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Today I give you my first part in a weekly series. It is an Olympic year and the cynic in me cannot resist the timing involved. I do not discriminate against any sport, and a player needs to be retired or banned (at least effectively) from the sport in order to qualify. Steroids are with us and we will never again be free from them. So it is time to honor those who have altered the sports landscape with their very own Hall of Fame. To qualify to have to be great, both athletically (after the 'roids!) and have had an impact on the sporting landscape. This is for the best of the best, and although I use the word Steroids I mean all performance enhancers. I will not judge and will not use the word cheater. I will just state the accomplishments both on and off the field to justify their inclusion in such an elite club.
We start where steroids started for me as a a child of the '80's: Lyle Alzado. I remember him tearing up the field like a Tasmanian Devil and I remember him bald, and broken as he neared death.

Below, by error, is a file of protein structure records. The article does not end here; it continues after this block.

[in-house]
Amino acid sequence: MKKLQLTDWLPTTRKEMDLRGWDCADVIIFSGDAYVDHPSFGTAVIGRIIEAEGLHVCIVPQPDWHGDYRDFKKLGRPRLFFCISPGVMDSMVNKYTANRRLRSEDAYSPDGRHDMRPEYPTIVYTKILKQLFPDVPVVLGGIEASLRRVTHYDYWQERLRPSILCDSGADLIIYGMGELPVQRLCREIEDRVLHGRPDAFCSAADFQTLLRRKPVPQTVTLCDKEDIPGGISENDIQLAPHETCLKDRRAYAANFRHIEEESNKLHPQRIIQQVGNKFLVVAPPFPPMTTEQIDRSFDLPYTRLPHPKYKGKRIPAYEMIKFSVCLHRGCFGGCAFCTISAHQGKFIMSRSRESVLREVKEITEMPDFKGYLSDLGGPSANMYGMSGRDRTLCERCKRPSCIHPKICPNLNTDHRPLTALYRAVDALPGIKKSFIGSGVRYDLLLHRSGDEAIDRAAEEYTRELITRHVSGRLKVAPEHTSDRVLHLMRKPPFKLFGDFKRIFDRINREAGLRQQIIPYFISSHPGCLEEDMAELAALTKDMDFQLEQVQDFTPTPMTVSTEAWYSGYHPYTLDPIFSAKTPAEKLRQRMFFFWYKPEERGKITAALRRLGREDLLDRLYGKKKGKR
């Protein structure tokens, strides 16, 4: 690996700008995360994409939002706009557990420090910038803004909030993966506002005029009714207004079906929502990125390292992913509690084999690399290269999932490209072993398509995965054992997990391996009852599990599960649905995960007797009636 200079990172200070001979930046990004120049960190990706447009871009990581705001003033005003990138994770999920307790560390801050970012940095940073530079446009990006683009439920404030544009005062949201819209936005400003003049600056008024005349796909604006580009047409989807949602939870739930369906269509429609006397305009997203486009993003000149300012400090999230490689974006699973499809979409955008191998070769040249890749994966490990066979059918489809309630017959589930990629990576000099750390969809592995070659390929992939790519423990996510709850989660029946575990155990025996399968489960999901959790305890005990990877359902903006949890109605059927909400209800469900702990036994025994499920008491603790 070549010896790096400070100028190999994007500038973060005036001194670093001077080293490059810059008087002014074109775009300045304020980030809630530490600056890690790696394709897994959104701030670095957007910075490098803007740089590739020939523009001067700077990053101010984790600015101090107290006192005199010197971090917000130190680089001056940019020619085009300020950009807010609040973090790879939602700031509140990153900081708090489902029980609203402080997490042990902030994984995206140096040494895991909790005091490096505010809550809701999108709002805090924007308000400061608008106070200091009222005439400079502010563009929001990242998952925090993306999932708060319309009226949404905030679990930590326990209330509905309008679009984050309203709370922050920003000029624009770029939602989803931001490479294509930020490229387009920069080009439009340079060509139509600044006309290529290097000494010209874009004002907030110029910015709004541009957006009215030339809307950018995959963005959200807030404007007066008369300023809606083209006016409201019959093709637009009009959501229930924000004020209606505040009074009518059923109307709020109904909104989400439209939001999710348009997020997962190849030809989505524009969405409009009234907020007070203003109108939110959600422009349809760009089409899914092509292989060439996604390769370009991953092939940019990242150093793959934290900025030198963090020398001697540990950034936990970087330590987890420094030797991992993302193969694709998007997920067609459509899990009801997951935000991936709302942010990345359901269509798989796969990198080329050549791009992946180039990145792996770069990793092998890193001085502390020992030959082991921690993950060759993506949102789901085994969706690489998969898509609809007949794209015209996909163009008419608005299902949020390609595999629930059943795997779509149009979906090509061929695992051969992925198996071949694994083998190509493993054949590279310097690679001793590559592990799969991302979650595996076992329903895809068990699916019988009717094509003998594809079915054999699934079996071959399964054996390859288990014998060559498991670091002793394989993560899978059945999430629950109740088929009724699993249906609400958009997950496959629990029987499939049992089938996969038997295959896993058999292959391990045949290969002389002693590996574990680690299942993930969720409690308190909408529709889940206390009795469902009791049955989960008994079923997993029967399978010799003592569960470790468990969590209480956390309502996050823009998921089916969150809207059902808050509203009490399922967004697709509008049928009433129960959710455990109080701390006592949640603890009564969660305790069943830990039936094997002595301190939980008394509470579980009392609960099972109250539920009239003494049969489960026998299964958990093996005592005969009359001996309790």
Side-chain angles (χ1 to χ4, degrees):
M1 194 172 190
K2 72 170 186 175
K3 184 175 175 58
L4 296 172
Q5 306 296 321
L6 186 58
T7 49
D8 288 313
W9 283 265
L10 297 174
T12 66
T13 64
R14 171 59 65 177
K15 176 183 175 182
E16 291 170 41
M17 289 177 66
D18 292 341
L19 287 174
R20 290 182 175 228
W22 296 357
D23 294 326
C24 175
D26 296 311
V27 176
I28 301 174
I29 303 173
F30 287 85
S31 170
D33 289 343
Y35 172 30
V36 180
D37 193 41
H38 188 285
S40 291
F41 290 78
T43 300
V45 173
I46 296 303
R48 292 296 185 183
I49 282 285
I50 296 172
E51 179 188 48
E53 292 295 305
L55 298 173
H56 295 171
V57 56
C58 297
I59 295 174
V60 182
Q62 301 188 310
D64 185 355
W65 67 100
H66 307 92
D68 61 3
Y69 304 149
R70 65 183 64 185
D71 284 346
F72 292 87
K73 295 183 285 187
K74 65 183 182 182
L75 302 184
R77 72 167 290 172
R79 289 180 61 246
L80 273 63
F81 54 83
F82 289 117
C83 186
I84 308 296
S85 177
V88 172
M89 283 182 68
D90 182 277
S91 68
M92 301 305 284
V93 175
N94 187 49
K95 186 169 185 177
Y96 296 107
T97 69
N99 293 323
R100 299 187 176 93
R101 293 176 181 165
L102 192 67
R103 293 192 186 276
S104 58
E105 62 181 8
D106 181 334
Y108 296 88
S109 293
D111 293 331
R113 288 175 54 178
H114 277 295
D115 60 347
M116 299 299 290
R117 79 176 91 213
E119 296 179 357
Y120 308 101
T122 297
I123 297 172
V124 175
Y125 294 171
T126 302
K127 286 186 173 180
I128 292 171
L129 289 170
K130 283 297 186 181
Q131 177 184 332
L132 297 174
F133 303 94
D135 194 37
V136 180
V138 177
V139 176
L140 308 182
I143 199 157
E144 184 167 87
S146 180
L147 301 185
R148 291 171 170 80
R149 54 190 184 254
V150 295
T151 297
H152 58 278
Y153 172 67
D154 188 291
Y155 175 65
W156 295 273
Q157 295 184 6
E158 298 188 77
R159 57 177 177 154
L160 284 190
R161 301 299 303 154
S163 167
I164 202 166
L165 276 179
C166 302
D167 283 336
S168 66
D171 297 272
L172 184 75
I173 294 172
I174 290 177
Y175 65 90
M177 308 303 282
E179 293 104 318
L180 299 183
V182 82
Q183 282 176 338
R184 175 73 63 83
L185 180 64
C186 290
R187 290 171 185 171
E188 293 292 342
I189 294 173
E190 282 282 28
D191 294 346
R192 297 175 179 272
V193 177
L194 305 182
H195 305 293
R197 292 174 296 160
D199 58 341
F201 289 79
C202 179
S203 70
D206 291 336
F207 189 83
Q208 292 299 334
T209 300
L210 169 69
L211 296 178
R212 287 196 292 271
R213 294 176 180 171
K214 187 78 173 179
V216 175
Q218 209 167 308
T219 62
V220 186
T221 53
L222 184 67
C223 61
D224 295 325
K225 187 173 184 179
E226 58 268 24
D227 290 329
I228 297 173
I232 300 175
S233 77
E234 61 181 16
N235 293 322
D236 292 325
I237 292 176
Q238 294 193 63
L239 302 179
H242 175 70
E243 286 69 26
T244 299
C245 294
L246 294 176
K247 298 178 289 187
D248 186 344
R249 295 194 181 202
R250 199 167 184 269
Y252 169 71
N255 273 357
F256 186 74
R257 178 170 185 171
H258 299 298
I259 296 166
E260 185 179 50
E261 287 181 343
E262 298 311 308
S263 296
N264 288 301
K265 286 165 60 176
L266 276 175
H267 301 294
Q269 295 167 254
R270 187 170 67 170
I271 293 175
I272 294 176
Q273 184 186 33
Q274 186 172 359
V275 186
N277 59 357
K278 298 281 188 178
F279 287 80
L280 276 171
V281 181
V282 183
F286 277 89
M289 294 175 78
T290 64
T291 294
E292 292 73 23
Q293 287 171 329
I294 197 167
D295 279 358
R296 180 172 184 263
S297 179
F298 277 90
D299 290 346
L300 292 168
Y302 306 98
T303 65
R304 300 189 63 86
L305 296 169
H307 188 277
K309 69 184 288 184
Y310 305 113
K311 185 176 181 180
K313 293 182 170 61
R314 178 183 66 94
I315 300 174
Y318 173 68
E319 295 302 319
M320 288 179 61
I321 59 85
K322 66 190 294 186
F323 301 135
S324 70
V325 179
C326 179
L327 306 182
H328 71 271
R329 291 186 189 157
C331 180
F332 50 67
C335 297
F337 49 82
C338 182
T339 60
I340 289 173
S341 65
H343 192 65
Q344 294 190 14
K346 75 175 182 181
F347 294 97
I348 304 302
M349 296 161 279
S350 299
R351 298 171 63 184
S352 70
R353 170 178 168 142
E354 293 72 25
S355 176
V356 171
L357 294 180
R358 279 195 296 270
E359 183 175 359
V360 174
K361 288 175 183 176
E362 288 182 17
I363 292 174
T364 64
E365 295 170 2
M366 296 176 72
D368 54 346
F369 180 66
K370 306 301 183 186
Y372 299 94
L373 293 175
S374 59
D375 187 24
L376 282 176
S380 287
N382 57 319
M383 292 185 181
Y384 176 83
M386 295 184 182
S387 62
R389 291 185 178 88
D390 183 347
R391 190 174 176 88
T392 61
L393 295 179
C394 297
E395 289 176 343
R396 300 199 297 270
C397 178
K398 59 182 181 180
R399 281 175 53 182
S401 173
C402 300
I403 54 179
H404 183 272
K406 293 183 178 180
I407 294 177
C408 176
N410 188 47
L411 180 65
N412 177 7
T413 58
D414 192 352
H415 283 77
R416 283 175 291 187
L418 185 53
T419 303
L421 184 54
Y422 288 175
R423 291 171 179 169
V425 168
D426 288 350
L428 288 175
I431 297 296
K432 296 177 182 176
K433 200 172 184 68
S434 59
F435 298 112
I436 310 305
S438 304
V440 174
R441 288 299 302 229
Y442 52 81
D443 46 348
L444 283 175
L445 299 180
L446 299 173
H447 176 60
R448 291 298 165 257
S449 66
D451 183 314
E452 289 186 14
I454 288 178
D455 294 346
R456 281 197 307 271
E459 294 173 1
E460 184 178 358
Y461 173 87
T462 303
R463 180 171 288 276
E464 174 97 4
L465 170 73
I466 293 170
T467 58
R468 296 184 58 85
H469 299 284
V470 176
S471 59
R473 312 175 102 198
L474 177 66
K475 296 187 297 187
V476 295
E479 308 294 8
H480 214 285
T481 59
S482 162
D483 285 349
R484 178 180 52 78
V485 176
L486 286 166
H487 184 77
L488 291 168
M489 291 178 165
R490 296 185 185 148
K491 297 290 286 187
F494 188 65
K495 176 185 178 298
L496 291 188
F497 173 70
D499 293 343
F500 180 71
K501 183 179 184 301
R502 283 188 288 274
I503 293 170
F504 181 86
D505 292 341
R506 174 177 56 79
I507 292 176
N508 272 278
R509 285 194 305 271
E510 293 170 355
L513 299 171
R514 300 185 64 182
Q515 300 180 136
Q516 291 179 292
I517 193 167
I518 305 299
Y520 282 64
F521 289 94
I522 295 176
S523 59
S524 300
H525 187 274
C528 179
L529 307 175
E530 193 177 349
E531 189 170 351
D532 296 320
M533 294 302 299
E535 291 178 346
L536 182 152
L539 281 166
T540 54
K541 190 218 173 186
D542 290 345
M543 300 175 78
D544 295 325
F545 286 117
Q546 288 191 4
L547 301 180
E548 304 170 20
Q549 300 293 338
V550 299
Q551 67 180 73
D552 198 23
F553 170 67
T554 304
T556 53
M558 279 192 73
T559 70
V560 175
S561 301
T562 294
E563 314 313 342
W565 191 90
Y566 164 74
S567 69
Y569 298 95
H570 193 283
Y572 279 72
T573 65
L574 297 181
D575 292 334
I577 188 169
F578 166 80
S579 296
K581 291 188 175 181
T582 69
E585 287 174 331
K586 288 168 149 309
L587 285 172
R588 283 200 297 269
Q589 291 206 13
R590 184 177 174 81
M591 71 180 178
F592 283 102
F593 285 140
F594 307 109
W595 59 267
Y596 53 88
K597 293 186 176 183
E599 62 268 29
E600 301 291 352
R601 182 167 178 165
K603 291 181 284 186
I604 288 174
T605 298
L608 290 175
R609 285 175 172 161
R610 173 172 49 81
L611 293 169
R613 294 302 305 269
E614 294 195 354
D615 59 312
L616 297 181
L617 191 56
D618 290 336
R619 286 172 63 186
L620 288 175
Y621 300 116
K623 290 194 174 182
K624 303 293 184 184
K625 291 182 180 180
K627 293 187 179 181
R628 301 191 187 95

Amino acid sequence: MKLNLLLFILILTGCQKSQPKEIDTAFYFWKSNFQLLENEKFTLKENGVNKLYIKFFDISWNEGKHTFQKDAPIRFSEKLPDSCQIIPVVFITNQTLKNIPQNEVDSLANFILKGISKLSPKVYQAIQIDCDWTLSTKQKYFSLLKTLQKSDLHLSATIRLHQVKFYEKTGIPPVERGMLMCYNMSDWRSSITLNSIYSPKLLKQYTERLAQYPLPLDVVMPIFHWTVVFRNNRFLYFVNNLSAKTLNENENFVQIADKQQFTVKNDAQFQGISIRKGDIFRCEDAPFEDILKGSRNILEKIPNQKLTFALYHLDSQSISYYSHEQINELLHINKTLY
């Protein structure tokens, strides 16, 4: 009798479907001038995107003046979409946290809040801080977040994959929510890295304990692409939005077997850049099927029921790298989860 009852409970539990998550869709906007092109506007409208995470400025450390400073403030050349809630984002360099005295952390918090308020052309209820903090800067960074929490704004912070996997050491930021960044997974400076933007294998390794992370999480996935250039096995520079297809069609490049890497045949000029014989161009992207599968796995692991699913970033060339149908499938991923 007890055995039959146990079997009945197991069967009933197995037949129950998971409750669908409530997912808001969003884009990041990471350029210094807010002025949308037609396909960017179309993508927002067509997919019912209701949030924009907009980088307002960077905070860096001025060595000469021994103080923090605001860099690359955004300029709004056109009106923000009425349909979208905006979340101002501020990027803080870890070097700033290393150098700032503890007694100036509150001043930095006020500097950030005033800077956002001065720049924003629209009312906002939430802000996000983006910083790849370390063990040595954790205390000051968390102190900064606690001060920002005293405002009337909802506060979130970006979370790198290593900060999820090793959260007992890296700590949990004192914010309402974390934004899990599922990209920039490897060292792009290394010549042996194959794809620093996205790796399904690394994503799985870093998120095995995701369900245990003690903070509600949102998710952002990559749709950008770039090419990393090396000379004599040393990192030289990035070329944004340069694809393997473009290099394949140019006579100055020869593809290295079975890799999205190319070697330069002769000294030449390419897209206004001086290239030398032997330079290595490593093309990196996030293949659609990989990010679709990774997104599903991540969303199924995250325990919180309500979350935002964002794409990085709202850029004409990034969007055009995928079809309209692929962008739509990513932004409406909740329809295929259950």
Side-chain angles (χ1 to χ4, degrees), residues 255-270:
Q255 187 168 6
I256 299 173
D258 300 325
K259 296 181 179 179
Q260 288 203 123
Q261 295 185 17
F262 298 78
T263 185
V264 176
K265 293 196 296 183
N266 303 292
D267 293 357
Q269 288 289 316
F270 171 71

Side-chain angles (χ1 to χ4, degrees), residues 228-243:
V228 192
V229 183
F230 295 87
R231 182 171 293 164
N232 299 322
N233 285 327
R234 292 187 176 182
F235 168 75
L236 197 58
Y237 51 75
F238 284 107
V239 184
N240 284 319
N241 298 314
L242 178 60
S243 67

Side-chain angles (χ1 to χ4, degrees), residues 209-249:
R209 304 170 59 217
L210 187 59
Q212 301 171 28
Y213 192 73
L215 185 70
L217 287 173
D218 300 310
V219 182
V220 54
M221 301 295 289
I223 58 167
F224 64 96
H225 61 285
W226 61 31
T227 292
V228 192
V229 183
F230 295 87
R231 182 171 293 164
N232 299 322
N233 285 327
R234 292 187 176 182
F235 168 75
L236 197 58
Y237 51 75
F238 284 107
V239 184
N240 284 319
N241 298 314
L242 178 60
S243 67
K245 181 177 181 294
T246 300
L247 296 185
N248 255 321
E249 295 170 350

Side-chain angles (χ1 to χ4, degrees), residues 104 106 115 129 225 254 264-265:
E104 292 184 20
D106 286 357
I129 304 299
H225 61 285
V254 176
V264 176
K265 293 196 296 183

On Field: Although not quite good enough to make it to Canton he makes it here because if we never knew about his steroid use we'd know about his play on the field. Approximately 100 sacks over 15 years, 2 pro-bowls, comeback player of the year 1982, and a Super Bowl Champion on the 1983 LA Raiders.
Drug Use: He was a user from 1969 onward. Wow! We get pissed at Barry Bonds for starting over 20 years later and act as though this was something new. He didn't start at the end of his career or at recover from an injury, he stared while in College and all the way through. Although he blamed the steroid use for his cancer, which killed him in 1992, we will never know if there is any correlation. All we know is that he is dead. Those last images of him were shocking to me, and it seemed like he was a different man and not the fierce football player I knew only a few years before. He also allegedly used human growth hormone harvested from corpses. That is as hardcore as it gets folks. So congratulations Lyle on being the first official inductee. Your death did not scare away enough people and we are left, long after the wake of your legacy has calmed, with a drug culture in our current sports landscape worse than any scene in North Dallas Forty. I wish nearly as much as you that others were able to learn the lessons from your mistakes. I choose you first because steroid use will always bother me and because I feel helpless to stop it.